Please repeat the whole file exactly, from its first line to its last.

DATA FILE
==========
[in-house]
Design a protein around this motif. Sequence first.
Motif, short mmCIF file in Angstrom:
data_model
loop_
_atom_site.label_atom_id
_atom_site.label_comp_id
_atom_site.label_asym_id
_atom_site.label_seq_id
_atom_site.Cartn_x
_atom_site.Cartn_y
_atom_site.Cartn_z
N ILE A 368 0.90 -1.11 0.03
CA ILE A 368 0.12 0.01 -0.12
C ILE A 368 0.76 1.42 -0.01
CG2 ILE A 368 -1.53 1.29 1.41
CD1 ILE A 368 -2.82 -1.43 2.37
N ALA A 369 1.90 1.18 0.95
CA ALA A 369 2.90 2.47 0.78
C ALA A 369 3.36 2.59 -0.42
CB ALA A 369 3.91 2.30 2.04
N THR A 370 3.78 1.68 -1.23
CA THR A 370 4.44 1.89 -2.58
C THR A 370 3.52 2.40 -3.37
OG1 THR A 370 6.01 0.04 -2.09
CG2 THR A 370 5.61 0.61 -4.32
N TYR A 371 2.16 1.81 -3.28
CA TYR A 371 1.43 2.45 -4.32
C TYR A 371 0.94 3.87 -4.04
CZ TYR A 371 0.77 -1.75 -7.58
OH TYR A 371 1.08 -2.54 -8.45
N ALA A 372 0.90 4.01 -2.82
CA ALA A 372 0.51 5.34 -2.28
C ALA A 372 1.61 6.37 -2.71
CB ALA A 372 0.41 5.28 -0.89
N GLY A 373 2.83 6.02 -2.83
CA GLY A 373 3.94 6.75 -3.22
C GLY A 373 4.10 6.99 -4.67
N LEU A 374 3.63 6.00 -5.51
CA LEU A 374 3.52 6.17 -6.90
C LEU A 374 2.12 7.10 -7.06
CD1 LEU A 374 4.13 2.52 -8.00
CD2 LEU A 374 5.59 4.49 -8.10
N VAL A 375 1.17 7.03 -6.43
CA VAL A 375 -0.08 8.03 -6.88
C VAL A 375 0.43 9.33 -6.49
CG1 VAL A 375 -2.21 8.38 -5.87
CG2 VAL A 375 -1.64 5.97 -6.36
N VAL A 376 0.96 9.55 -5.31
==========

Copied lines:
[in-house]
Design a protein around this motif. Sequence first.
Motif, short mmCIF file in Angstrom:
data_model
loop_
_atom_site.label_atom_id
_atom_site.label_comp_id
_atom_site.label_asym_id
_atom_site.label_seq_id
_atom_site.Cartn_x
_atom_site.Cartn_y
_atom_site.Cartn_z
N ILE A 368 0.90 -1.11 0.03
CA ILE A 368 0.12 0.01 -0.12
C ILE A 368 0.76 1.42 -0.01
CG2 ILE A 368 -1.53 1.29 1.41
CD1 ILE A 368 -2.82 -1.43 2.37
N ALA A 369 1.90 1.18 0.95
CA ALA A 369 2.90 2.47 0.78
C ALA A 369 3.36 2.59 -0.42
CB ALA A 369 3.91 2.30 2.04
N THR A 370 3.78 1.68 -1.23
CA THR A 370 4.44 1.89 -2.58
C THR A 370 3.52 2.40 -3.37
OG1 THR A 370 6.01 0.04 -2.09
CG2 THR A 370 5.61 0.61 -4.32
N TYR A 371 2.16 1.81 -3.28
CA TYR A 371 1.43 2.45 -4.32
C TYR A 371 0.94 3.87 -4.04
CZ TYR A 371 0.77 -1.75 -7.58
OH TYR A 371 1.08 -2.54 -8.45
N ALA A 372 0.90 4.01 -2.82
CA ALA A 372 0.51 5.34 -2.28
C ALA A 372 1.61 6.37 -2.71
CB ALA A 372 0.41 5.28 -0.89
N GLY A 373 2.83 6.02 -2.83
CA GLY A 373 3.94 6.75 -3.22
C GLY A 373 4.10 6.99 -4.67
N LEU A 374 3.63 6.00 -5.51
CA LEU A 374 3.52 6.17 -6.90
C LEU A 374 2.12 7.10 -7.06
CD1 LEU A 374 4.13 2.52 -8.00
CD2 LEU A 374 5.59 4.49 -8.10
N VAL A 375 1.17 7.03 -6.43
CA VAL A 375 -0.08 8.03 -6.88
C VAL A 375 0.43 9.33 -6.49
CG1 VAL A 375 -2.21 8.38 -5.87
CG2 VAL A 375 -1.64 5.97 -6.36
N VAL A 376 0.96 9.55 -5.31